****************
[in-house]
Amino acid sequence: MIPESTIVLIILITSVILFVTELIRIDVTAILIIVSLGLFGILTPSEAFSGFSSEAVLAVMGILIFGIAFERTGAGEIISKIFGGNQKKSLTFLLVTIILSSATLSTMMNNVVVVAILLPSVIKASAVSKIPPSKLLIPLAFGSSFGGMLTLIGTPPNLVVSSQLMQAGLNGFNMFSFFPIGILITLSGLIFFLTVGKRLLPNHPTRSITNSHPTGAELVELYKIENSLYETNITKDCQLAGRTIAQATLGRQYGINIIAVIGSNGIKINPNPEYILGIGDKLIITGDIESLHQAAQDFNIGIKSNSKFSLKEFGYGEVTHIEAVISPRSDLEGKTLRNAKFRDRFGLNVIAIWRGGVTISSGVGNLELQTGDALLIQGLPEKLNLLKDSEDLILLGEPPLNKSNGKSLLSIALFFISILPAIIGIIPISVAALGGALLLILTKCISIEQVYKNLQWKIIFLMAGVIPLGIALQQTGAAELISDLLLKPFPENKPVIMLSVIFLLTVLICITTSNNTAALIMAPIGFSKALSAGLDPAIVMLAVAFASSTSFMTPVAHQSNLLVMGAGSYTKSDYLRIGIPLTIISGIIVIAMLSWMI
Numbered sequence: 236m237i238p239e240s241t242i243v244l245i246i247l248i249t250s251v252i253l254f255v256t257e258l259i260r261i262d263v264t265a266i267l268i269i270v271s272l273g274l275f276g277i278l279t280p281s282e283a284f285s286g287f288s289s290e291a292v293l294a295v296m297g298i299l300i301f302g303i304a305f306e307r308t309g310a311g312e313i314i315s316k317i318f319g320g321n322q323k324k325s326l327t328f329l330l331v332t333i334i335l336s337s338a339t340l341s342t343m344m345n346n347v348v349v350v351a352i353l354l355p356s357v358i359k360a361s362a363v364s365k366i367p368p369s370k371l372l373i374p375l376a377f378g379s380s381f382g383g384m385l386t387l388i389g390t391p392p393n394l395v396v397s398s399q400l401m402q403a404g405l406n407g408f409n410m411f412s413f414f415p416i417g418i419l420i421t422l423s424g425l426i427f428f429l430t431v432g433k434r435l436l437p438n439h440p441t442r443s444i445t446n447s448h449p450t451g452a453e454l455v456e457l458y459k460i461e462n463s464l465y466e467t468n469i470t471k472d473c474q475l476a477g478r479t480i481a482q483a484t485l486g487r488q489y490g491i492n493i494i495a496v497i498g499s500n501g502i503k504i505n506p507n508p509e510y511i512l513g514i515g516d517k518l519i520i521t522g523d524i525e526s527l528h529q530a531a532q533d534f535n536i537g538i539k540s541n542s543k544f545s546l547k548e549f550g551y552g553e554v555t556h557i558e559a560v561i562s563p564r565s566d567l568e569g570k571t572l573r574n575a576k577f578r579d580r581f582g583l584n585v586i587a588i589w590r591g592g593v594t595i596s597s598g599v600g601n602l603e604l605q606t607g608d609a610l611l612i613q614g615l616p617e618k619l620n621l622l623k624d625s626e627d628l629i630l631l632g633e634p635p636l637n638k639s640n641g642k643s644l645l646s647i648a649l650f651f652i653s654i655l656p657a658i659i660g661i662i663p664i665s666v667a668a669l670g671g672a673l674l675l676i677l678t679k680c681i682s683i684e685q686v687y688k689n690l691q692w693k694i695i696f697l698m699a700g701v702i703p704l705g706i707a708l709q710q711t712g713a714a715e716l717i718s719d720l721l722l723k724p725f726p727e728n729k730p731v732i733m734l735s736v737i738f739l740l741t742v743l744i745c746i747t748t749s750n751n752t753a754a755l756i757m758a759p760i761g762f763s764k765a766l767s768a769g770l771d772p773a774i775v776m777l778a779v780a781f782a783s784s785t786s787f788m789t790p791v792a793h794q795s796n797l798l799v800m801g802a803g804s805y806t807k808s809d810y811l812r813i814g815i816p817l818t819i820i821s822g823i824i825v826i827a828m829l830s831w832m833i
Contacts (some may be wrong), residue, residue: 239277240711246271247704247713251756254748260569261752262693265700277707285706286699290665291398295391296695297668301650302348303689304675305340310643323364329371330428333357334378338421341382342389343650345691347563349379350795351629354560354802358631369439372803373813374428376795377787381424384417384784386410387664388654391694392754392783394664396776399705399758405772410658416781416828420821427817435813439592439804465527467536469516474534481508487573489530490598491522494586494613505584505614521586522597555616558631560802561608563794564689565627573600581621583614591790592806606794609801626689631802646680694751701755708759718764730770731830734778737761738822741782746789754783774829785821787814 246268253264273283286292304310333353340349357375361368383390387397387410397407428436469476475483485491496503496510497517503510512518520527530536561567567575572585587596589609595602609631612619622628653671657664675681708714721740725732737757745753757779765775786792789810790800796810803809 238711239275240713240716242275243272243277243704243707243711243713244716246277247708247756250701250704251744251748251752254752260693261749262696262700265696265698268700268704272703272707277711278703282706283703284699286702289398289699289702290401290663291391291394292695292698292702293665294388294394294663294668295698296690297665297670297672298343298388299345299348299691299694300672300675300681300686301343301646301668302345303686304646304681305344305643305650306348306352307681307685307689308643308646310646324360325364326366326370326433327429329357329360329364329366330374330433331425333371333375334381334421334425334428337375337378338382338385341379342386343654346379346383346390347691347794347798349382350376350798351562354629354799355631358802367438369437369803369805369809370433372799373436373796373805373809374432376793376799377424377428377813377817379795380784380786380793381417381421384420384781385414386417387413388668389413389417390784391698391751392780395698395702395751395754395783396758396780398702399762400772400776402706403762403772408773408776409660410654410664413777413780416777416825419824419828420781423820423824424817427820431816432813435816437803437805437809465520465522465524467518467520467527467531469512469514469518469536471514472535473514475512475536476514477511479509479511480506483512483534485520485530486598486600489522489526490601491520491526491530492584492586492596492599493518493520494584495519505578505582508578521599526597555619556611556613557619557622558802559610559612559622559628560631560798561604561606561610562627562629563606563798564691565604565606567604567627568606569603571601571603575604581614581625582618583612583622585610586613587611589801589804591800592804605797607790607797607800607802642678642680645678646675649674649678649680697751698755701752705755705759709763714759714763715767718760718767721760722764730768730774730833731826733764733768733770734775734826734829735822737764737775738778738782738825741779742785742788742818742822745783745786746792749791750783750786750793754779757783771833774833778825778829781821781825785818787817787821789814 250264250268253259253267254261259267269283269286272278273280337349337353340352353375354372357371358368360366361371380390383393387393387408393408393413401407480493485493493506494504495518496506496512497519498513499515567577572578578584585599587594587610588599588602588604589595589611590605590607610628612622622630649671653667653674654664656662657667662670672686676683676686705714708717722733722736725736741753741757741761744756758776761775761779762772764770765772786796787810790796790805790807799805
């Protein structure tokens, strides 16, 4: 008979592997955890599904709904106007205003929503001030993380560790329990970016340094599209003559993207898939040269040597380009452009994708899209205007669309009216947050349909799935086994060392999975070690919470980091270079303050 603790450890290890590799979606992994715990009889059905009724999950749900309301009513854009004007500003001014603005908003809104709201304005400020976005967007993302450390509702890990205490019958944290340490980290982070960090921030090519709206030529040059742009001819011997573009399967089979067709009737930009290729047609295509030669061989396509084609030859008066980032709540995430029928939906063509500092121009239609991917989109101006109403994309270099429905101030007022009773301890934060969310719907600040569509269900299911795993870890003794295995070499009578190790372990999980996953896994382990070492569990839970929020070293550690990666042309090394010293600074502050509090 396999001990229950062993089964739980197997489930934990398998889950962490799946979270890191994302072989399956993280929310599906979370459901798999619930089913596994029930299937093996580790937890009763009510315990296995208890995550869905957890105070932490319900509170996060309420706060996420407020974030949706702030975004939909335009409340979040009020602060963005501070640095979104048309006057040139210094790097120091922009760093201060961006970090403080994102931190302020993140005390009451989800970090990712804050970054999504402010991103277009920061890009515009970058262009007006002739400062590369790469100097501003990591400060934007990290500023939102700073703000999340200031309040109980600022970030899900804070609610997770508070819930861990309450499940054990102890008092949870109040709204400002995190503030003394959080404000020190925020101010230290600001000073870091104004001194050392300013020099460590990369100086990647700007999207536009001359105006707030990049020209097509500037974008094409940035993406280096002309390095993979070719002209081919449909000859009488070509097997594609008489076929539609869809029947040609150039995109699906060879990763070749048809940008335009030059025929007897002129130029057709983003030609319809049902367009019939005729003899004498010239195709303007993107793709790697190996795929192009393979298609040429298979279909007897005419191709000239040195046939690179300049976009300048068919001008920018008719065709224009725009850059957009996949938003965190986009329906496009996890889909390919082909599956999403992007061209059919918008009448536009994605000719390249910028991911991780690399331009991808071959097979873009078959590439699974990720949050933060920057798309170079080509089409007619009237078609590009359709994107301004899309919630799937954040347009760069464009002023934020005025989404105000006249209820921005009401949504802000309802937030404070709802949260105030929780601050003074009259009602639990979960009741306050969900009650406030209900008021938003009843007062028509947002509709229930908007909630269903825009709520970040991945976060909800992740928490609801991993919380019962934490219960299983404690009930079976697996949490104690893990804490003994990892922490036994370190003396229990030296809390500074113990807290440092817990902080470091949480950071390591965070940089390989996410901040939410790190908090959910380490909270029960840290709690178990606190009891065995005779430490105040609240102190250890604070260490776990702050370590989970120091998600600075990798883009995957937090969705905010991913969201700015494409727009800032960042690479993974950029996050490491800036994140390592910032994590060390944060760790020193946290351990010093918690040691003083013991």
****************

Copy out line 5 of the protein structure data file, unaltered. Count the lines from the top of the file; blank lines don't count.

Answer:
């Protein structure tokens, strides 16, 4: 008979592997955890599904709904106007205003929503001030993380560790329990970016340094599209003559993207898939040269040597380009452009994708899209205007669309009216947050349909799935086994060392999975070690919470980091270079303050 603790450890290890590799979606992994715990009889059905009724999950749900309301009513854009004007500003001014603005908003809104709201304005400020976005967007993302450390509702890990205490019958944290340490980290982070960090921030090519709206030529040059742009001819011997573009399967089979067709009737930009290729047609295509030669061989396509084609030859008066980032709540995430029928939906063509500092121009239609991917989109101006109403994309270099429905101030007022009773301890934060969310719907600040569509269900299911795993870890003794295995070499009578190790372990999980996953896994382990070492569990839970929020070293550690990666042309090394010293600074502050509090 396999001990229950062993089964739980197997489930934990398998889950962490799946979270890191994302072989399956993280929310599906979370459901798999619930089913596994029930299937093996580790937890009763009510315990296995208890995550869905957890105070932490319900509170996060309420706060996420407020974030949706702030975004939909335009409340979040009020602060963005501070640095979104048309006057040139210094790097120091922009760093201060961006970090403080994102931190302020993140005390009451989800970090990712804050970054999504402010991103277009920061890009515009970058262009007006002739400062590369790469100097501003990591400060934007990290500023939102700073703000999340200031309040109980600022970030899900804070609610997770508070819930861990309450499940054990102890008092949870109040709204400002995190503030003394959080404000020190925020101010230290600001000073870091104004001194050392300013020099460590990369100086990647700007999207536009001359105006707030990049020209097509500037974008094409940035993406280096002309390095993979070719002209081919449909000859009488070509097997594609008489076929539609869809029947040609150039995109699906060879990763070749048809940008335009030059025929007897002129130029057709983003030609319809049902367009019939005729003899004498010239195709303007993107793709790697190996795929192009393979298609040429298979279909007897005419191709000239040195046939690179300049976009300048068919001008920018008719065709224009725009850059957009996949938003965190986009329906496009996890889909390919082909599956999403992007061209059919918008009448536009994605000719390249910028991911991780690399331009991808071959097979873009078959590439699974990720949050933060920057798309170079080509089409007619009237078609590009359709994107301004899309919630799937954040347009760069464009002023934020005025989404105000006249209820921005009401949504802000309802937030404070709802949260105030929780601050003074009259009602639990979960009741306050969900009650406030209900008021938003009843007062028509947002509709229930908007909630269903825009709520970040991945976060909800992740928490609801991993919380019962934490219960299983404690009930079976697996949490104690893990804490003994990892922490036994370190003396229990030296809390500074113990807290440092817990902080470091949480950071390591965070940089390989996410901040939410790190908090959910380490909270029960840290709690178990606190009891065995005779430490105040609240102190250890604070260490776990702050370590989970120091998600600075990798883009995957937090969705905010991913969201700015494409727009800032960042690479993974950029996050490491800036994140390592910032994590060390944060760790020193946290351990010093918690040691003083013991």